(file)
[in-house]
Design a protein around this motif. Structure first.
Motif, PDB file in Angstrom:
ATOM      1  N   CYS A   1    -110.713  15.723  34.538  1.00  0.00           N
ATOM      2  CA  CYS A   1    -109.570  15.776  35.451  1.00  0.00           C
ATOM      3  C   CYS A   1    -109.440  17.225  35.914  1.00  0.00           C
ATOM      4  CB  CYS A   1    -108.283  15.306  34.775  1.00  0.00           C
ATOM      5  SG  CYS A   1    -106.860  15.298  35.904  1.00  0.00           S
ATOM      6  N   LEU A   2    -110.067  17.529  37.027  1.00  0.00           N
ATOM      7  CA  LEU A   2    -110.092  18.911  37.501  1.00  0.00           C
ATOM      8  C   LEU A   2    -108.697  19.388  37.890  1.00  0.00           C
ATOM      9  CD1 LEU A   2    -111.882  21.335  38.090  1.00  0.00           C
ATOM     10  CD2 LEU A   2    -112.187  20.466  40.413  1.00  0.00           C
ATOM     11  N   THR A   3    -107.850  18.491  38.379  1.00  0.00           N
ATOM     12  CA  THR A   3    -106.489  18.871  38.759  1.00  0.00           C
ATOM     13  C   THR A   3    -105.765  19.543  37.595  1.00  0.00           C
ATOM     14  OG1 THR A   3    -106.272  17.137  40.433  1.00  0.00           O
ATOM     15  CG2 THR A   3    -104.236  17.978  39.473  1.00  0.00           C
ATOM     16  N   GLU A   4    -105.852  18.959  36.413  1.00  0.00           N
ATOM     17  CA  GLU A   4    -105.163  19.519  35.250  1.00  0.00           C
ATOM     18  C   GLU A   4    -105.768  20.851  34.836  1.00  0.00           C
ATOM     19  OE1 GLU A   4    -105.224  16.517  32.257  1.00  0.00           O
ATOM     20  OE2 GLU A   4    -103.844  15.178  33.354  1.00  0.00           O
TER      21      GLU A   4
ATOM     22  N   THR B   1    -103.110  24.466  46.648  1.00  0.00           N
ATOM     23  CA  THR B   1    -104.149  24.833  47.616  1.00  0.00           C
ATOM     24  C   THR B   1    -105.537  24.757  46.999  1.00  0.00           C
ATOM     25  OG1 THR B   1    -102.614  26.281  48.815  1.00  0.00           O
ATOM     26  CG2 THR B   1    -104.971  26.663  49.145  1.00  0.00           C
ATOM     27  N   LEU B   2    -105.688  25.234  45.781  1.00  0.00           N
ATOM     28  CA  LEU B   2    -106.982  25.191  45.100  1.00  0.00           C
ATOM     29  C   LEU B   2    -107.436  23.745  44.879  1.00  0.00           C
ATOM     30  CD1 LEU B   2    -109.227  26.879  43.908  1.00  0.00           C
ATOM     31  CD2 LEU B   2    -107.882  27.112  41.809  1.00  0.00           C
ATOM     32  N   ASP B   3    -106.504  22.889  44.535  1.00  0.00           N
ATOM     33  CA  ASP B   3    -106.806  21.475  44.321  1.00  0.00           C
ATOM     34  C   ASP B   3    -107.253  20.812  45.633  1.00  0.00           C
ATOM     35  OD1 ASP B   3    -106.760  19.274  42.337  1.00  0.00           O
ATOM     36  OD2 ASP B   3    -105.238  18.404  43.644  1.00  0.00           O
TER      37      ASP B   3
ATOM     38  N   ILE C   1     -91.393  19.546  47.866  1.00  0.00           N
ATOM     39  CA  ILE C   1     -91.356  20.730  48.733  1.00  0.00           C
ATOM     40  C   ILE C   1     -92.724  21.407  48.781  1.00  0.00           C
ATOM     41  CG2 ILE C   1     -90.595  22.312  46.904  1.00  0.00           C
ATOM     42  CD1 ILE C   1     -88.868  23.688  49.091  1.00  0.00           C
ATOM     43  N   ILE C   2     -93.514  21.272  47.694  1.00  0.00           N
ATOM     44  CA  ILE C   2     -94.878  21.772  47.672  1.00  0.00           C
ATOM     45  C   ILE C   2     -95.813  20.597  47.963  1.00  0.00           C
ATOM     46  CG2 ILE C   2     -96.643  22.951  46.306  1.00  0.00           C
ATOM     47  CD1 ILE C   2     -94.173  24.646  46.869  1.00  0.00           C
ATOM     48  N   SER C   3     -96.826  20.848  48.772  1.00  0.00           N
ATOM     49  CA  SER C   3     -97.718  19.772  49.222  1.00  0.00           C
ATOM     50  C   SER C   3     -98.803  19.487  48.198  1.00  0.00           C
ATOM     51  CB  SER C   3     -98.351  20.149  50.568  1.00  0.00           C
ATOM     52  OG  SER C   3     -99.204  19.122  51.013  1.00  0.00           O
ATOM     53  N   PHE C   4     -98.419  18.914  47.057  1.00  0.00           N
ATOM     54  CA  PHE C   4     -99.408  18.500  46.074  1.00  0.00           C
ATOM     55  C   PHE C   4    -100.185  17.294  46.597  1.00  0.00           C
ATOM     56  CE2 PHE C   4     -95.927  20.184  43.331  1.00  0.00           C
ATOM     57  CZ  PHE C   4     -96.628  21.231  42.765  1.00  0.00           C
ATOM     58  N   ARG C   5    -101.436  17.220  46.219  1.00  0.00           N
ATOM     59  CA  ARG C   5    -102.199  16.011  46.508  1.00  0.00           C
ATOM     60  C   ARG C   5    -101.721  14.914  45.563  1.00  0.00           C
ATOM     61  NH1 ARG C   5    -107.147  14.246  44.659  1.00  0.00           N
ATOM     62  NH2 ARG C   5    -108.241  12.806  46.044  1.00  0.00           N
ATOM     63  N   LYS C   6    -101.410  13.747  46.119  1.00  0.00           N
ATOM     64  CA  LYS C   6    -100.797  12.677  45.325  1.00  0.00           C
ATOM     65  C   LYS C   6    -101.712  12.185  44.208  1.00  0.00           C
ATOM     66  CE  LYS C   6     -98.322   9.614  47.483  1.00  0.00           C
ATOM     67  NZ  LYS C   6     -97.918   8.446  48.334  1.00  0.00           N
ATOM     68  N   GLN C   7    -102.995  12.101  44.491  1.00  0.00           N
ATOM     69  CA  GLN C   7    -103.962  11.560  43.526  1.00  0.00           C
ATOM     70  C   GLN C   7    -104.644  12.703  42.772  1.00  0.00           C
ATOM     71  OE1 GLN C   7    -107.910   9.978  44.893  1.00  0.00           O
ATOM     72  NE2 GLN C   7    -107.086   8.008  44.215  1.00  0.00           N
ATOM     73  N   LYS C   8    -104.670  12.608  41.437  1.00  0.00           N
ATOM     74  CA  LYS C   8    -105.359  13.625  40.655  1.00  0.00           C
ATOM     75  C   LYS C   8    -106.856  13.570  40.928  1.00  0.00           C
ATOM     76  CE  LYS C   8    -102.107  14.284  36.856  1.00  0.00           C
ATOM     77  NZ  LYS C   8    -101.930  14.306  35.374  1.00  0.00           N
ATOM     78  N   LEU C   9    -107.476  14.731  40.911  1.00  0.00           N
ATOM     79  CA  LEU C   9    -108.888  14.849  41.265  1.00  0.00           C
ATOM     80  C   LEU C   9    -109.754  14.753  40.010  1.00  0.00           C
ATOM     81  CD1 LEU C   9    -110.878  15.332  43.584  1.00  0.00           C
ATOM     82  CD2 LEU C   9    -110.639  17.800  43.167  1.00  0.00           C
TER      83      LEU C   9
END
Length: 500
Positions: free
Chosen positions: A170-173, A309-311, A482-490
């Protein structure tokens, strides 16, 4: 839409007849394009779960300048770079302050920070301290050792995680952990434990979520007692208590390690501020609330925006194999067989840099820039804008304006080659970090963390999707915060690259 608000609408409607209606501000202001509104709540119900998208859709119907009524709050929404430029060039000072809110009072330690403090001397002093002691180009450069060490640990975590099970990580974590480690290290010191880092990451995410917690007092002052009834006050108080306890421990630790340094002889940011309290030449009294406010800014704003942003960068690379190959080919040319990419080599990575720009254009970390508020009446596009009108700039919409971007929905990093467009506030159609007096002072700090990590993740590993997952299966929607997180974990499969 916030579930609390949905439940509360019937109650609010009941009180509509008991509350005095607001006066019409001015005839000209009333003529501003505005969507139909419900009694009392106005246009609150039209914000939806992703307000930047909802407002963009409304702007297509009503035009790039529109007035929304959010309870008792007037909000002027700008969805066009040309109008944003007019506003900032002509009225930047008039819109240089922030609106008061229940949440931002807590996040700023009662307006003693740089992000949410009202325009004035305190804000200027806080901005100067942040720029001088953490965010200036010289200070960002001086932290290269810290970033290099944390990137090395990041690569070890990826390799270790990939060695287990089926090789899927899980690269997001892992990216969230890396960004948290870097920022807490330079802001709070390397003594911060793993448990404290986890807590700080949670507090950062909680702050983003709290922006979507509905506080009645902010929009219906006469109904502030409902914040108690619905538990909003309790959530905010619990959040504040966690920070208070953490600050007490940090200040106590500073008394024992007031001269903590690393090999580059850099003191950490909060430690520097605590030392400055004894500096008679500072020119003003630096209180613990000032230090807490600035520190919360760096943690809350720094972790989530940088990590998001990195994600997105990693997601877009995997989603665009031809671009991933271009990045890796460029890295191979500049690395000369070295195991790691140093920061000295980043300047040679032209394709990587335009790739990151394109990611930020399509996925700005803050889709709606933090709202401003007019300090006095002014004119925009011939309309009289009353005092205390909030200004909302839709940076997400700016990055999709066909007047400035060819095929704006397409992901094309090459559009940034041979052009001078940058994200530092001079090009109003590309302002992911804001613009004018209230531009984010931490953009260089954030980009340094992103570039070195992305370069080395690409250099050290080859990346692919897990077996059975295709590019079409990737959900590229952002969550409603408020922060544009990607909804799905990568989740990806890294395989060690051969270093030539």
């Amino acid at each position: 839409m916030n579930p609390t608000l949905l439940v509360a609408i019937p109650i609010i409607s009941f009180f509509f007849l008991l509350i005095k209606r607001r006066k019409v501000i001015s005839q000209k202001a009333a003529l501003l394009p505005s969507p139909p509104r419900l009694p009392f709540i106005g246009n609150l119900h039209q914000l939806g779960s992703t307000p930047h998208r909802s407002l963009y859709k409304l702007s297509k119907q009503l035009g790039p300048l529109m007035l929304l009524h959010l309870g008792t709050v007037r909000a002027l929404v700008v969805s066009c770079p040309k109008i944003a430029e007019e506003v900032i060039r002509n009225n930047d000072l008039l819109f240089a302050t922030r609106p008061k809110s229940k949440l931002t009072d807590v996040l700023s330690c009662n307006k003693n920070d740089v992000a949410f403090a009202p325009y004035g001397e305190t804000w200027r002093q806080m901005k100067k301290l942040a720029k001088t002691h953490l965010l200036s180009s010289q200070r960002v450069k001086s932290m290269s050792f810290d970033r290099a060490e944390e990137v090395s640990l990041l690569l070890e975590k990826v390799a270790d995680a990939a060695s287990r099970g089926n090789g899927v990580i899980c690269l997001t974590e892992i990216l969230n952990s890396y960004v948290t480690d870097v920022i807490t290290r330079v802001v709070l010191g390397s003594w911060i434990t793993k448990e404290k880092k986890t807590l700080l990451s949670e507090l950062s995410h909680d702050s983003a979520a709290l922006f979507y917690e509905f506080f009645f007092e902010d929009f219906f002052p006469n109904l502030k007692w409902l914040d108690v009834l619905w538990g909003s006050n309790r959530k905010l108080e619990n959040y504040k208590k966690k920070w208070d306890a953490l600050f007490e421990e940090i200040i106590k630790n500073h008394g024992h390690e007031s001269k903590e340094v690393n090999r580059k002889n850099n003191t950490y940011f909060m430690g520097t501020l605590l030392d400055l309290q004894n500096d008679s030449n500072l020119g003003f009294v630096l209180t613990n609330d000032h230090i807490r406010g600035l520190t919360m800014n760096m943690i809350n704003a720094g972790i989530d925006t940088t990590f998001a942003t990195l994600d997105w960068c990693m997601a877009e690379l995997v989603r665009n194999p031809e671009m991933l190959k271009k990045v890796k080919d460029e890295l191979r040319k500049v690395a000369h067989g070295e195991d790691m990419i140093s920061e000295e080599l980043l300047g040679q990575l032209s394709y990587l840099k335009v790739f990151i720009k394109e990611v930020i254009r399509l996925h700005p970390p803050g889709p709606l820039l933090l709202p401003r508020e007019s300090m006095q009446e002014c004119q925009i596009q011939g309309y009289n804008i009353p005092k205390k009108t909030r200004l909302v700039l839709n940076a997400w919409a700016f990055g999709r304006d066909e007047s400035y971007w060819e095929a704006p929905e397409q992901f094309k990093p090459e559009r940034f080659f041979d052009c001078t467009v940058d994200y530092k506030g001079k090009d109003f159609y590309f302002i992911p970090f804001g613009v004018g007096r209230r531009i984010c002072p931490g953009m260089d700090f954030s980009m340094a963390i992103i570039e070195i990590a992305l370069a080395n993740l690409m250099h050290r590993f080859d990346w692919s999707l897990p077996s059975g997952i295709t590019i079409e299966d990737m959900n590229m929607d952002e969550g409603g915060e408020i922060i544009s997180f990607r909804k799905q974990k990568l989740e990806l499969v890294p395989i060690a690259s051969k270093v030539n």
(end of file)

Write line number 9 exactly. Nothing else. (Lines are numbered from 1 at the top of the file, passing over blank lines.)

ATOM      6  N   LEU A   2    -110.067  17.529  37.027  1.00  0.00           N